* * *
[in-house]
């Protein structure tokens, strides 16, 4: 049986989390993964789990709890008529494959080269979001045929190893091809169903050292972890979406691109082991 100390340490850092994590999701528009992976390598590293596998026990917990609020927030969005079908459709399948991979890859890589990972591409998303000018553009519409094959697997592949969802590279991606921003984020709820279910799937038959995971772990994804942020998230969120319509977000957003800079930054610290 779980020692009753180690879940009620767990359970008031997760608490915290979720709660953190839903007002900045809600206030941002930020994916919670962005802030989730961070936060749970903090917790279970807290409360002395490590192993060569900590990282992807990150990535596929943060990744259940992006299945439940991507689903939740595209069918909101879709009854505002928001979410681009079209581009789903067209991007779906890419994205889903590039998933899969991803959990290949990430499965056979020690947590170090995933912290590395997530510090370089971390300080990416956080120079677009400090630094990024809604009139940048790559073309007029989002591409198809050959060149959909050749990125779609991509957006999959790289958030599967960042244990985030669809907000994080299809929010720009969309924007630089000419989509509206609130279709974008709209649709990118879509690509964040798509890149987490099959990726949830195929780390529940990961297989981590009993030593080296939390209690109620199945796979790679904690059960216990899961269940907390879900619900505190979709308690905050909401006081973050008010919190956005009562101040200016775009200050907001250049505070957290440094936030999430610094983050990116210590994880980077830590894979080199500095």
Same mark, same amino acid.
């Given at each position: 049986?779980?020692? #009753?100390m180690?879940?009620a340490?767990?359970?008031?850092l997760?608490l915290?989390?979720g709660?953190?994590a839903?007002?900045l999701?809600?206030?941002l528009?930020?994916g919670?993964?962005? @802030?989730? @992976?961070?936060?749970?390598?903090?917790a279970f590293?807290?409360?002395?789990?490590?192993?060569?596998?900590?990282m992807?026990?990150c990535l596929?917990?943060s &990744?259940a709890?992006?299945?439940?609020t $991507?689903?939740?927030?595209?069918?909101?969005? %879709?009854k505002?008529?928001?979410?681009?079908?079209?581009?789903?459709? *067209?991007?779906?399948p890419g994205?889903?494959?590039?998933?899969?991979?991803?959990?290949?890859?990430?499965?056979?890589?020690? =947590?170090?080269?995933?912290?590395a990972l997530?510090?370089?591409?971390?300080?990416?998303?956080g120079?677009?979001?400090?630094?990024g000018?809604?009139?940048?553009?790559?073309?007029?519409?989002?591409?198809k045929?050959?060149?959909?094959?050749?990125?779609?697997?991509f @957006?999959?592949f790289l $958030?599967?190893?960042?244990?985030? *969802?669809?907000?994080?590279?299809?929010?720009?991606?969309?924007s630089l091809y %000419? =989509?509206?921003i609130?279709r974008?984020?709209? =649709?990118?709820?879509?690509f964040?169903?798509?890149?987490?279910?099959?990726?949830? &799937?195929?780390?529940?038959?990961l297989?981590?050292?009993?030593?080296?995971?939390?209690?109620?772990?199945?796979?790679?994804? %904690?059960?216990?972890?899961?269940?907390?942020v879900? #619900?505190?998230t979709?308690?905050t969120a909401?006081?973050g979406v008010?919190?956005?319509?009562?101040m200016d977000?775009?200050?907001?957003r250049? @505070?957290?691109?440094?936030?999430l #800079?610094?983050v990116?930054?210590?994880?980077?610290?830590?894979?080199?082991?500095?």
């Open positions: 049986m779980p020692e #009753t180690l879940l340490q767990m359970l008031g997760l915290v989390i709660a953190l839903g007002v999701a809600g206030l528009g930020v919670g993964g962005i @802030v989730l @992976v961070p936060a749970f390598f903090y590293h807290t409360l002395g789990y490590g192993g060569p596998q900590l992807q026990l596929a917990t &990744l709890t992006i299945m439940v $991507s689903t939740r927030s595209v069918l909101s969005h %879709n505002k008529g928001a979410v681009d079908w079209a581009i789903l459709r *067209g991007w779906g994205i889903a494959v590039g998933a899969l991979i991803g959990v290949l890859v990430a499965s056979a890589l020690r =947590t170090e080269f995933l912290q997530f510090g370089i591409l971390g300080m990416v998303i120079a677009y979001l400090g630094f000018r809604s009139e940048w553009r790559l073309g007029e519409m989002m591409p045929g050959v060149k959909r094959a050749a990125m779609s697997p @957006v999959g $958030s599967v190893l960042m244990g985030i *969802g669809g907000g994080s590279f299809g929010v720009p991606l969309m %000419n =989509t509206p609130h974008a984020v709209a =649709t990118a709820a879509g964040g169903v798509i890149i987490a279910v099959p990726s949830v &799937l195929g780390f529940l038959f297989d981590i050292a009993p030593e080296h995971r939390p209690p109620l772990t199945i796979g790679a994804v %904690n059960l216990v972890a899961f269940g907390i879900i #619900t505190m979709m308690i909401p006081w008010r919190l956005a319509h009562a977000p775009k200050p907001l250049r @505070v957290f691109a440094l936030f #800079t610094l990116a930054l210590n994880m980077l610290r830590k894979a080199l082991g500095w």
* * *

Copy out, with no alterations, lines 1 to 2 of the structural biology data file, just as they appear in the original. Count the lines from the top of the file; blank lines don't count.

[in-house]
């Protein structure tokens, strides 16, 4: 049986989390993964789990709890008529494959080269979001045929190893091809169903050292972890979406691109082991 100390340490850092994590999701528009992976390598590293596998026990917990609020927030969005079908459709399948991979890859890589990972591409998303000018553009519409094959697997592949969802590279991606921003984020709820279910799937038959995971772990994804942020998230969120319509977000957003800079930054610290 779980020692009753180690879940009620767990359970008031997760608490915290979720709660953190839903007002900045809600206030941002930020994916919670962005802030989730961070936060749970903090917790279970807290409360002395490590192993060569900590990282992807990150990535596929943060990744259940992006299945439940991507689903939740595209069918909101879709009854505002928001979410681009079209581009789903067209991007779906890419994205889903590039998933899969991803959990290949990430499965056979020690947590170090995933912290590395997530510090370089971390300080990416956080120079677009400090630094990024809604009139940048790559073309007029989002591409198809050959060149959909050749990125779609991509957006999959790289958030599967960042244990985030669809907000994080299809929010720009969309924007630089000419989509509206609130279709974008709209649709990118879509690509964040798509890149987490099959990726949830195929780390529940990961297989981590009993030593080296939390209690109620199945796979790679904690059960216990899961269940907390879900619900505190979709308690905050909401006081973050008010919190956005009562101040200016775009200050907001250049505070957290440094936030999430610094983050990116210590994880980077830590894979080199500095």